The server returns a string, and it is up to us, the developers, to turn it back into a JavaScript object.

To do that, we can wrap data in a JSON.parse() and that will return to us a proper object, which we can then store in a variable.

const dataObj = JSON.parse(data);

Now we can access the object properties using JavaScript dot notation.

browser output showing accesing JSON object properties

Lots of APIs allow you to pull data from their server onto your own. There are many that do not allow it and many that require API keys (which we will go into later). For now, we will be working with wide open APIs that do not require any authentication.

In the playground folder and create a new file called apis.html.

AJAX

You will often referred to what we are doing in this video as AJAX, which stands for Asynchronous JavaScript and XML.

We know what asynchronous is and JavaScript, but you may not know what XML is.

XML is another way that you can receive data and it looks a lot like HTML but is not HTML.

XML was used in the past but has generally been replaced with JSON as the preferred way to send data via APIs, but you might still encounter it. Wes has only had to work with XML once during his 12 year career.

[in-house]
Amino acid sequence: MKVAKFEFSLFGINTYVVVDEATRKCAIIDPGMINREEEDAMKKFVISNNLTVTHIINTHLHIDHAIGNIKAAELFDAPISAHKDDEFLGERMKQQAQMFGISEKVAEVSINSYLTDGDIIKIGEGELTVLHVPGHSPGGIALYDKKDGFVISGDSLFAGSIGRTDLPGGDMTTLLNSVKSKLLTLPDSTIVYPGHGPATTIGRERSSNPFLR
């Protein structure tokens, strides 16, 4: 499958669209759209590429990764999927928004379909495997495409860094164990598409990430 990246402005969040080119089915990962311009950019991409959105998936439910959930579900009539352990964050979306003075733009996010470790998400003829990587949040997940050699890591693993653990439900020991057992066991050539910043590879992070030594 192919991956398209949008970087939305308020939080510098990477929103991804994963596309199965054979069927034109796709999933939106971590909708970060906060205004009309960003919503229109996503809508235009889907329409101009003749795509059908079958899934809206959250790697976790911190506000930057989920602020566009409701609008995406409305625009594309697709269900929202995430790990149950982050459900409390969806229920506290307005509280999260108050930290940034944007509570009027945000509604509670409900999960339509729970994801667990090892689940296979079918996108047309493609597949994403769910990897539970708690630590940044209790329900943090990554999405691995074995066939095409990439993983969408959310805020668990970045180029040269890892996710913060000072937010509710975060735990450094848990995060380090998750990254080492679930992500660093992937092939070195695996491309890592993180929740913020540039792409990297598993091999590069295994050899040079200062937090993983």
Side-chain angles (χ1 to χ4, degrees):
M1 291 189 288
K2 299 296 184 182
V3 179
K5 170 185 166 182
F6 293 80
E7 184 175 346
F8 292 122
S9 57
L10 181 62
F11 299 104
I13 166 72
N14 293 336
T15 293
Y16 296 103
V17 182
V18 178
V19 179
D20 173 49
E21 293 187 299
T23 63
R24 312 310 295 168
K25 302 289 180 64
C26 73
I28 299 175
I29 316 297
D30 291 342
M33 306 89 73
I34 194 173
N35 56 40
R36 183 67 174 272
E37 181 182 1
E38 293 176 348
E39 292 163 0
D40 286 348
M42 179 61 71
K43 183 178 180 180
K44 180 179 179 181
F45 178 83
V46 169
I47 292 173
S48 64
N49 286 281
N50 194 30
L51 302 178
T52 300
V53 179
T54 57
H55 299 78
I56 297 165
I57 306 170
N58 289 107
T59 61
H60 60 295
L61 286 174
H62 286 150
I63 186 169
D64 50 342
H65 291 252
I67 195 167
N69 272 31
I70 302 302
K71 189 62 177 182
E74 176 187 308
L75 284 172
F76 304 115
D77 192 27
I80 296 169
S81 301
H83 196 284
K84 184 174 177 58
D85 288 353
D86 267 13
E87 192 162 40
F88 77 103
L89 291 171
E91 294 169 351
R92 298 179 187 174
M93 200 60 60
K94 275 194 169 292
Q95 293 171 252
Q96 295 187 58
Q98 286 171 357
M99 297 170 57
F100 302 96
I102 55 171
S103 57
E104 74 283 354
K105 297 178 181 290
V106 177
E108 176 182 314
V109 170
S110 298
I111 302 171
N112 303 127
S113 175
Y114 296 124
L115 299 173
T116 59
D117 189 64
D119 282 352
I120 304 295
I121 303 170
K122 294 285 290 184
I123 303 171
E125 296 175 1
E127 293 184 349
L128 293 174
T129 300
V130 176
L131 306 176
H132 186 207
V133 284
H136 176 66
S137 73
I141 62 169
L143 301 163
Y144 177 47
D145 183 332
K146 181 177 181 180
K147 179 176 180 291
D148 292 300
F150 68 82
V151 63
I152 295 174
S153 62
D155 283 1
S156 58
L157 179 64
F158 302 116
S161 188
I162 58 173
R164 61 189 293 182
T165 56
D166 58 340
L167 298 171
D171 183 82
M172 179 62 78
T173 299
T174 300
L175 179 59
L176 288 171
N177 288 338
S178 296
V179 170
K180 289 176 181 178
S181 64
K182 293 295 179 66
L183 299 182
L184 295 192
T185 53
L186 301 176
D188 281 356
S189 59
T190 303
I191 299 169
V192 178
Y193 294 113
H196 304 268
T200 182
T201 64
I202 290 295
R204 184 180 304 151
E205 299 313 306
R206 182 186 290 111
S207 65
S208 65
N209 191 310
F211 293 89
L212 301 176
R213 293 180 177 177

When people say "AJAX", they mean fetching data from an API and displaying it on the page.

Open up the HTML page we created and give add the base HTML and a script tag within the body tag.

<!DOCTYPE html>
<html lang="en">

<head>
  <meta charset="UTF-8">
  <meta name="viewport" content="width=device-width, initial-scale=1.0">
  <title>APIs</title>
  <link rel="stylesheet" href="../base.css">
</head>

<body>
  <script>
  </script>
</body>

</html>

The first thing we will do is store the URL in a variable. That is not necessary but is much easier.

Name the variable endpoint.

Endpoint is a fancy word for the URL that you need to visit in order to get the data.

const endpoint = "https://api.github.com/users/wesbos";

In order to get that data, we will use fetch which exists within JavaScript. (There are some other libraries that are used, specifically Axios but the fetch library is very good and comes built in to all browsers).

To grab that data we will call fetch and then pass it the endpoint that we want to call, which will in turn return a Promise.

const wesPromise = fetch(endpoint);
console.log(wesPromise);

browser console showing output of a promise

To check if it worked, you can go to the network tab and refresh the page. When you do that, you will see all the requests that have happened on the page. This allows you to see when a request was sent out, and when it came back with the data.